Researchers have discovered evidence that suggests a genetic variant may be associated with better preserved lung function among children with asthma and adults who smoke, according to a new study funded by the National Heart, Lung, and Blood Institute (NHLBI), which is part of the National Institutes of Health. The study also found an association between the genetic variant and a lowered risk of developing chronic obstructive pulmonary disease (COPD) in adults who smoke. COPD is a lung disease most common among smokers, which makes it difficult to breathe.
The study is published online by The New England Journal of Medicine on Wednesday, Dec. 16. The team of researchers found that a DNA single nucleotide polymorphism, or SNP, was associated with better preserved lung function among children with asthma and in former or current smokers. The study also found a lower risk for developing COPD in adults who smoke. A SNP is a single base pair in a person's DNA which often varies among individuals. Adult patients with this SNP had a 35 percent reduction in the risk of onset of COPD.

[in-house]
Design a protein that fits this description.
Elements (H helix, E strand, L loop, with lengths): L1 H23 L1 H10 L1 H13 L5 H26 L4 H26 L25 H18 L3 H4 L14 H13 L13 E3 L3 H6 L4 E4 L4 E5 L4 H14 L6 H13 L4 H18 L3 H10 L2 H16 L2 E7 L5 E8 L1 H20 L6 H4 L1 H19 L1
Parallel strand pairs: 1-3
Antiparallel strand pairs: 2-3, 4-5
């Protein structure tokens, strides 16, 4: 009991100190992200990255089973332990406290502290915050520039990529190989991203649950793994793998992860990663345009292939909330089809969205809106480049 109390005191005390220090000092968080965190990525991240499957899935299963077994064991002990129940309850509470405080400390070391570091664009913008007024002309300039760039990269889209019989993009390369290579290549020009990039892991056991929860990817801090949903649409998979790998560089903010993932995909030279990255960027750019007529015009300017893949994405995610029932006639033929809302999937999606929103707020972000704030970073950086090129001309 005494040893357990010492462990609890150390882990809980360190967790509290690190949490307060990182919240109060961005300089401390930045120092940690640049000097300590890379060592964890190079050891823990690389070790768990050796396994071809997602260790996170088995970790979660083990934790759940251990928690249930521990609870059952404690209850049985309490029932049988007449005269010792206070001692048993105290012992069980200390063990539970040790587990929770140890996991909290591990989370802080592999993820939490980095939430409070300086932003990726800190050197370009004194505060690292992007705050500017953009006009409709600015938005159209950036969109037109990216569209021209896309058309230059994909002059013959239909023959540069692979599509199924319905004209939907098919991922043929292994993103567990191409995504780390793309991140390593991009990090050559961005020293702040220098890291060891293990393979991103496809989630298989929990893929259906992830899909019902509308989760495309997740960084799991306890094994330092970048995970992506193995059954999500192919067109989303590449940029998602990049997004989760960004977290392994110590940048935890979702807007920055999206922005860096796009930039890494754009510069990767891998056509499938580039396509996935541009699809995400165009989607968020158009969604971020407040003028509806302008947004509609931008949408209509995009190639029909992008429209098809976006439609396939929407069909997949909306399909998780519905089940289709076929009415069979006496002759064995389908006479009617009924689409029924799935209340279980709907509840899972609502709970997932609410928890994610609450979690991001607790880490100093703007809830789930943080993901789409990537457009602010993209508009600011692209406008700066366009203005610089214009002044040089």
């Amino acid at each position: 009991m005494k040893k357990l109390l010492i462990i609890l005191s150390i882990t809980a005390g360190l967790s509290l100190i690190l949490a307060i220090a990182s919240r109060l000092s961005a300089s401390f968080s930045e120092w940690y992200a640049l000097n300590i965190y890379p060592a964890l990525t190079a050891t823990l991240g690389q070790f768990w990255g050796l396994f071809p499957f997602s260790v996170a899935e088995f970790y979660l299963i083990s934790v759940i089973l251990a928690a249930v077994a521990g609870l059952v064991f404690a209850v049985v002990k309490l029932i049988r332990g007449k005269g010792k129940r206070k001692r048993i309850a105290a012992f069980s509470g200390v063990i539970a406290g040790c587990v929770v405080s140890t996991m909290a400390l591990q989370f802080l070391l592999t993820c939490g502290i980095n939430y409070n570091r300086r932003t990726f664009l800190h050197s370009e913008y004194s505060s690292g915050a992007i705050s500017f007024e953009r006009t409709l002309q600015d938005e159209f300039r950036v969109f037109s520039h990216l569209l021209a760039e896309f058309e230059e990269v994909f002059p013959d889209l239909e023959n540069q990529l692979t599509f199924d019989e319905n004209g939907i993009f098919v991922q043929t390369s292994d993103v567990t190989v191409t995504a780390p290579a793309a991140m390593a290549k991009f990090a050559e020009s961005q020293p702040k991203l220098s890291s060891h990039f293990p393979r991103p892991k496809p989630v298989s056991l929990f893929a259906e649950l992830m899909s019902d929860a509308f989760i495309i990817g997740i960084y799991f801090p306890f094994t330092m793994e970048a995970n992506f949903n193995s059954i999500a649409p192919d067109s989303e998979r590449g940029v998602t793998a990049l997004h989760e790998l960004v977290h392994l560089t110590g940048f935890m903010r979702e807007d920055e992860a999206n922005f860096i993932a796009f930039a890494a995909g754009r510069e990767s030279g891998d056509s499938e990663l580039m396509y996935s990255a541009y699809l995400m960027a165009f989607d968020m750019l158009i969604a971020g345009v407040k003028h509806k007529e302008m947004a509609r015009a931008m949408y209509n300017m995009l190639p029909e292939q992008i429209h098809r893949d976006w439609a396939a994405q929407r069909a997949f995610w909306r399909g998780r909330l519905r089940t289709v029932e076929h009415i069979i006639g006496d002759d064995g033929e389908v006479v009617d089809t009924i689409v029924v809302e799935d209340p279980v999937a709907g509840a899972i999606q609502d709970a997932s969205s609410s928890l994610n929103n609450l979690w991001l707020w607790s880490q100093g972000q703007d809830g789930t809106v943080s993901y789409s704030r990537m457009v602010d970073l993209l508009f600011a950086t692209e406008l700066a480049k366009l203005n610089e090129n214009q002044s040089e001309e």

Researchers examined the genes and the breathing capacity of more than 8,300 child and adult participants from seven different studies, including the NHLBI-funded Childhood Asthma Management Program and National Emphysema Treatment Trial. Using data from all seven studies, researchers found a link between a SNP in MMP12, a gene that encodes matrix metalloproteinase 12, and better preserved lung function among both children with asthma and adults who are former or current smokers. The same SNP was also found to be linked to a reduced risk of developing COPD. MMP12 is produced by inflammatory cells called macrophages, which are found in the lung.
Results from the study support the theory that asthma and COPD may share some common mechanisms, even though the two diseases affect patients differently.
Asthma is one of the most common chronic conditions in the United States and affects more than 22 million people of all ages. COPD affects primarily older individuals and is the fourth leading cause of death in the United States. The number of people who have COPD is on the rise — more than 12 million are currently diagnosed with it, and it is estimated that another 12 million may have undiagnosed COPD.
Provided by NIH/National Heart, Lung and Blood Institute